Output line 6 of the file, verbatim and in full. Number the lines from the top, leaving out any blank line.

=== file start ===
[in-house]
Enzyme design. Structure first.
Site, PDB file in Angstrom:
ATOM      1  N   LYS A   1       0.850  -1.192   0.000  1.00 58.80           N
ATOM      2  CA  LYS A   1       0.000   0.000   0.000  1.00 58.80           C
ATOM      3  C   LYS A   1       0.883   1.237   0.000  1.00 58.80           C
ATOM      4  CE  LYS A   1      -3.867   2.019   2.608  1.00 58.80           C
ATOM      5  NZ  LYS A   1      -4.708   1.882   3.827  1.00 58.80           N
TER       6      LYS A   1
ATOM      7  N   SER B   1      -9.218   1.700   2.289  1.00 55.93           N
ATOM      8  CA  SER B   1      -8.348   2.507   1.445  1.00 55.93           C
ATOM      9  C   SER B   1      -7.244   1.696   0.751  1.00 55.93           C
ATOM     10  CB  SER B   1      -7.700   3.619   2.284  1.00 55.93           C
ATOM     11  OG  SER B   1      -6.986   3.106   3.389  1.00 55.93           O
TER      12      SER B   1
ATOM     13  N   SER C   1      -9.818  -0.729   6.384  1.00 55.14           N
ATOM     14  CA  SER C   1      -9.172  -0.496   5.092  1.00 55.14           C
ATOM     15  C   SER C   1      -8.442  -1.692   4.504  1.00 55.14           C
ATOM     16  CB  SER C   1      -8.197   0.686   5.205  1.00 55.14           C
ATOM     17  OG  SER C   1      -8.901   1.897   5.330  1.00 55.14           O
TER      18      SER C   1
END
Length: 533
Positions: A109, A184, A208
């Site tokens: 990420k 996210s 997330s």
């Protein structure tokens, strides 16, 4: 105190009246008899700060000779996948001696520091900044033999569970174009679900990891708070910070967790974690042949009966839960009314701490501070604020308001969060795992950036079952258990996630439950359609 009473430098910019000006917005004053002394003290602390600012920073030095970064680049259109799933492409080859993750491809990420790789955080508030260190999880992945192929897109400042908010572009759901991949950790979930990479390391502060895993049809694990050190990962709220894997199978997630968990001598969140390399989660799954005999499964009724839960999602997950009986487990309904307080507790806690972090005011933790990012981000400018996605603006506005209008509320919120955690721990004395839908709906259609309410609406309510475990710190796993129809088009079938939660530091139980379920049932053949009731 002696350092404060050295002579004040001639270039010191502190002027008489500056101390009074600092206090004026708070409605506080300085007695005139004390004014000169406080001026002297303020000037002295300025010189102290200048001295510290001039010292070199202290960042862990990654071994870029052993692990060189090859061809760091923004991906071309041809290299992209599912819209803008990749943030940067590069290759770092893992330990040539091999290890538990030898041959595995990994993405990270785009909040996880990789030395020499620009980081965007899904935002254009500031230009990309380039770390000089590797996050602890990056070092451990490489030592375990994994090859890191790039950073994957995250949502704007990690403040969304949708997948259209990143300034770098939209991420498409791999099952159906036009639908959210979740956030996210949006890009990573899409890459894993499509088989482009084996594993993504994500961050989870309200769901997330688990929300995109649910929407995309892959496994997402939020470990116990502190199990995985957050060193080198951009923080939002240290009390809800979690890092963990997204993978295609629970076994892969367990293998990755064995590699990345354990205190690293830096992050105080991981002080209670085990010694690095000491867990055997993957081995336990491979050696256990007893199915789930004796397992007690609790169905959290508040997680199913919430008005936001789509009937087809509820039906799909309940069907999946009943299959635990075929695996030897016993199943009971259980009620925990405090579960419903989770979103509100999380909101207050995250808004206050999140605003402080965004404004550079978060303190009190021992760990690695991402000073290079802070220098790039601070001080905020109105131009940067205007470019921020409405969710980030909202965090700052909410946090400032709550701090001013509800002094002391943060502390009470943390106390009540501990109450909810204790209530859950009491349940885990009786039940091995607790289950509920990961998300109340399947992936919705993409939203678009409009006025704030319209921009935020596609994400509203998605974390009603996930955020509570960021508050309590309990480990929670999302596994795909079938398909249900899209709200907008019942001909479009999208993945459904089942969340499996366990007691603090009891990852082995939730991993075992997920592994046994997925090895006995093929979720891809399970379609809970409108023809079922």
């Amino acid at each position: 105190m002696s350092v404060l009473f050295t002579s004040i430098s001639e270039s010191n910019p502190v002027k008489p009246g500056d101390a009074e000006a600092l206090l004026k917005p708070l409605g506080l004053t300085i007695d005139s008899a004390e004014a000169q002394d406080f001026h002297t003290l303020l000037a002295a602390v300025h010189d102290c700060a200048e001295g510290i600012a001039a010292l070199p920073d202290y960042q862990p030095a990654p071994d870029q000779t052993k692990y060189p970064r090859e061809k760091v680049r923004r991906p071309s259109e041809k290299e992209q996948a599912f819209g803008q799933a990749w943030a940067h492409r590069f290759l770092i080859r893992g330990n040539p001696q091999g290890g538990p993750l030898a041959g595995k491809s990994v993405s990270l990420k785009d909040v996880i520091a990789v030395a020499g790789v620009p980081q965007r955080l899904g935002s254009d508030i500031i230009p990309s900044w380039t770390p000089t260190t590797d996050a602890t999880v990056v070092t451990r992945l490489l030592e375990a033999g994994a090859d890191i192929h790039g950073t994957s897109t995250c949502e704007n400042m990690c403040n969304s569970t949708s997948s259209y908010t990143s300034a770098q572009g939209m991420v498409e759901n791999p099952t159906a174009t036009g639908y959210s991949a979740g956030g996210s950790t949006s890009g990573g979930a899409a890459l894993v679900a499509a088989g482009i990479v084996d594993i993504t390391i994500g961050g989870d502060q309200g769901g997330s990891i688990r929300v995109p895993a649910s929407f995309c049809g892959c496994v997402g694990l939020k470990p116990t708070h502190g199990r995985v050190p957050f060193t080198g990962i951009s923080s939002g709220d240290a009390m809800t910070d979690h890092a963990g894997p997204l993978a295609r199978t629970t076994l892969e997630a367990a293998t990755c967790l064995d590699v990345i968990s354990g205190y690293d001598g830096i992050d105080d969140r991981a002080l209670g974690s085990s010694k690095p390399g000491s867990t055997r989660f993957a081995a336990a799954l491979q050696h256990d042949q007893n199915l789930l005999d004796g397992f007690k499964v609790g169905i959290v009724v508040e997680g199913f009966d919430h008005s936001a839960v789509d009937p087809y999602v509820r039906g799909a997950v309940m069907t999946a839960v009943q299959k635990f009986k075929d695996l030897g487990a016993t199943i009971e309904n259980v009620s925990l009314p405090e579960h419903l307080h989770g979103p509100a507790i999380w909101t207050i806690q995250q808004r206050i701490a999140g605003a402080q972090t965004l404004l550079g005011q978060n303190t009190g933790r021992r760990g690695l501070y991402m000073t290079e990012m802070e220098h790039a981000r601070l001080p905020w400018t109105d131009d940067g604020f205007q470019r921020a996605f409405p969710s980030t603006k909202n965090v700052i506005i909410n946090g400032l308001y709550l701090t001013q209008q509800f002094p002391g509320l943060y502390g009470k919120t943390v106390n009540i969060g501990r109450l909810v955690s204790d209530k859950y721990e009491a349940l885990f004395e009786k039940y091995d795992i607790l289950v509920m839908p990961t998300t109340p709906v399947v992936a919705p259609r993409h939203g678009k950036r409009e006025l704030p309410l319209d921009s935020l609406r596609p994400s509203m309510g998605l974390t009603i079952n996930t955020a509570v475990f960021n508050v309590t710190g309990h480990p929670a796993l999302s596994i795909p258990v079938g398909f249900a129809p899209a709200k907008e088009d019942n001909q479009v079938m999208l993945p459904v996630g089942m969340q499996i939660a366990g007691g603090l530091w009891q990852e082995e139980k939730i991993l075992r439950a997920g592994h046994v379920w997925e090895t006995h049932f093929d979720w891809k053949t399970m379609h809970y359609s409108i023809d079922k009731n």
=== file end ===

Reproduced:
ATOM      3  C   LYS A   1       0.883   1.237   0.000  1.00 58.80           C